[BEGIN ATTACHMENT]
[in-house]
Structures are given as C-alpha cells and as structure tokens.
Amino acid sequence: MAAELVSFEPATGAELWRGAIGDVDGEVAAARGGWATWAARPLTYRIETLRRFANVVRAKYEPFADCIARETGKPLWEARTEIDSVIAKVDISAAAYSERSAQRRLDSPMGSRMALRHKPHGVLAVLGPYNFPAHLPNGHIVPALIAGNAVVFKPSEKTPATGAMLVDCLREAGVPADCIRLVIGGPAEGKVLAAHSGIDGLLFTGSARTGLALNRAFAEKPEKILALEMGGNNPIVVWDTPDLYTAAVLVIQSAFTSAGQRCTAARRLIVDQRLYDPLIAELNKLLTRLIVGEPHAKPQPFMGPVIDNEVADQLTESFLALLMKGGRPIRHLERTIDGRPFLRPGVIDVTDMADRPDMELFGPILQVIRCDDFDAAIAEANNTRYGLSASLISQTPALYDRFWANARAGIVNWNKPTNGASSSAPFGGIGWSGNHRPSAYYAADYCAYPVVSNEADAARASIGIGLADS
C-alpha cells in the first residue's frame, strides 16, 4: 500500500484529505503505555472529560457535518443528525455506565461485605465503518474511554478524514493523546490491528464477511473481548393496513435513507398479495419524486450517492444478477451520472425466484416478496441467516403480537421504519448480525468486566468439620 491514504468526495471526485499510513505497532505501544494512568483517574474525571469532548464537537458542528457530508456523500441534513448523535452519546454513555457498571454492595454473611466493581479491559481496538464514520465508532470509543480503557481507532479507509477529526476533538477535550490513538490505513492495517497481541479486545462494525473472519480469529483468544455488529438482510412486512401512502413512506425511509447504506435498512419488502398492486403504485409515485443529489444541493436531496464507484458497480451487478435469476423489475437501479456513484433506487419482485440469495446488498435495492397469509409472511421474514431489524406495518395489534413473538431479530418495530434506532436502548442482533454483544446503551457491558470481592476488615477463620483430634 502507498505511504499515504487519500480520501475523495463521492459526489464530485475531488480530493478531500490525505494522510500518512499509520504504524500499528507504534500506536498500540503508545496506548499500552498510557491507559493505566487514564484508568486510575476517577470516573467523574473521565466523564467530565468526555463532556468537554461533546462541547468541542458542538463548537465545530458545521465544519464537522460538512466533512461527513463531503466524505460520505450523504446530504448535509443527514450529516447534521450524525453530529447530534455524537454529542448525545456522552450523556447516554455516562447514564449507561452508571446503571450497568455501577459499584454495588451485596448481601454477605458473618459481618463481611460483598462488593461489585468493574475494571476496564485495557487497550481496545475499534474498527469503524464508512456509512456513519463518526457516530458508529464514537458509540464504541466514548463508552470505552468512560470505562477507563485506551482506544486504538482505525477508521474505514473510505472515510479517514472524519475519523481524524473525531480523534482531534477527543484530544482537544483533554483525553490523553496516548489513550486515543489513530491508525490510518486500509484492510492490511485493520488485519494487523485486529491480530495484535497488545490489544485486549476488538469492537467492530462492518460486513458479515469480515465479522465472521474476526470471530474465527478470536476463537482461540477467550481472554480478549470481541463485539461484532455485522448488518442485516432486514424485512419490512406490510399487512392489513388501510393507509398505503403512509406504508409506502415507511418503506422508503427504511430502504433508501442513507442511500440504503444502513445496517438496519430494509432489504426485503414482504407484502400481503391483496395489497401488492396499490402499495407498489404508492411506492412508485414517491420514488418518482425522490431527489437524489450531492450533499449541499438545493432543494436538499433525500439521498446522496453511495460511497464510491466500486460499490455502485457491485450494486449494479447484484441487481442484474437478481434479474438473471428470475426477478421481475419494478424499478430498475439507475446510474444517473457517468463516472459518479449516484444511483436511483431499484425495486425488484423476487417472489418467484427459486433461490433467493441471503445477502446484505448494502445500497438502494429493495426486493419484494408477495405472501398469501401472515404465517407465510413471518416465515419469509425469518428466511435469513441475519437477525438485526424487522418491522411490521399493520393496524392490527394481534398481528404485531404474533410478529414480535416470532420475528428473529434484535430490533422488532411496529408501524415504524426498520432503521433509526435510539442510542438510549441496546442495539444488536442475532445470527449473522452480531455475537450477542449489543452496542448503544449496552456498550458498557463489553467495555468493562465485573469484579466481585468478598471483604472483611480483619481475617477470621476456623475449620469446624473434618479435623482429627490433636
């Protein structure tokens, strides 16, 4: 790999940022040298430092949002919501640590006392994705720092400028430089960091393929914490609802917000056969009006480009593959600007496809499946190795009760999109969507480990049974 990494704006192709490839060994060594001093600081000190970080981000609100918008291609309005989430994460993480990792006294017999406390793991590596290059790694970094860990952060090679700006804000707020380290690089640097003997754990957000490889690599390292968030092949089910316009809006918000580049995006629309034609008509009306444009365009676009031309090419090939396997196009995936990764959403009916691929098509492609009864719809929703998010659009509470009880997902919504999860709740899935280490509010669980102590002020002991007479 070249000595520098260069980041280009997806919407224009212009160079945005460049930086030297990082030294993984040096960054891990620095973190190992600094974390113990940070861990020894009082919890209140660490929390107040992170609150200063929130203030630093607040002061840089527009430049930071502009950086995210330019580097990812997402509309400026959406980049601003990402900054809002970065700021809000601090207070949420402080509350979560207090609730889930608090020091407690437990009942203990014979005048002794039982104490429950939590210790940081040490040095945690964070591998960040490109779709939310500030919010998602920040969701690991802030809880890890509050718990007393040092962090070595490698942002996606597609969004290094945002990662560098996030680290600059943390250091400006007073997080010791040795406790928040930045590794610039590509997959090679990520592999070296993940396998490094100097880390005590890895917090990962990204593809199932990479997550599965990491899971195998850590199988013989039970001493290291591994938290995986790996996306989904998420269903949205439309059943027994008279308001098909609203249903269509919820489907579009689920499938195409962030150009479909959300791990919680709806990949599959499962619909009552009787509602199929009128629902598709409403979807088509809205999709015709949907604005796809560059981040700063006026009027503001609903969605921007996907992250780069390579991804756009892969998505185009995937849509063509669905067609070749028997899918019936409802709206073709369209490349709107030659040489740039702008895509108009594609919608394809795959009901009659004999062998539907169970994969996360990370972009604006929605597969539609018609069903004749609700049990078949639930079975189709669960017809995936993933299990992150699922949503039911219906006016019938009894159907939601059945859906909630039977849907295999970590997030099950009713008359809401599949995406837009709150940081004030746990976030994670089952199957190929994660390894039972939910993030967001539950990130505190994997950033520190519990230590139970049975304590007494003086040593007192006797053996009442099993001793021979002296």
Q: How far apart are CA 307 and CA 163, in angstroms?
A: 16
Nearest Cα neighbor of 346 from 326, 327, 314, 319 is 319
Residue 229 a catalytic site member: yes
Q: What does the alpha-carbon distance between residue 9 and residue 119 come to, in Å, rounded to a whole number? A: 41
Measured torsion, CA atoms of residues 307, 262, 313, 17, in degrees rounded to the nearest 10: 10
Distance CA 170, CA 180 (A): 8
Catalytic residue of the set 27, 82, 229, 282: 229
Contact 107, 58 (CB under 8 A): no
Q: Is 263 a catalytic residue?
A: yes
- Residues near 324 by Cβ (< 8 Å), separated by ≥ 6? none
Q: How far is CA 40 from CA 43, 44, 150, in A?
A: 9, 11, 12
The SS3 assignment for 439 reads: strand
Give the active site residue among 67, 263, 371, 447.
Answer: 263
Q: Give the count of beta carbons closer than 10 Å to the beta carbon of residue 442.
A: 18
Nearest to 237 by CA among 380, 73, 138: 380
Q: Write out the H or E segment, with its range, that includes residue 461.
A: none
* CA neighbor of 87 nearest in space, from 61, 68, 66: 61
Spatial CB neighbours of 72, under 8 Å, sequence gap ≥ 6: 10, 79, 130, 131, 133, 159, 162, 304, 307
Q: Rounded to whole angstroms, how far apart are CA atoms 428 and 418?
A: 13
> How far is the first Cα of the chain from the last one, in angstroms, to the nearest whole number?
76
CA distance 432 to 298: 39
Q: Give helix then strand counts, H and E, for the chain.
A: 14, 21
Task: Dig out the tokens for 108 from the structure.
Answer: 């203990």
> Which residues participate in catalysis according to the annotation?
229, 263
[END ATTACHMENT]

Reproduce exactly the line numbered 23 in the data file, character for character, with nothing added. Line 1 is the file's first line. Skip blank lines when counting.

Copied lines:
Q: Give the count of beta carbons closer than 10 Å to the beta carbon of residue 442.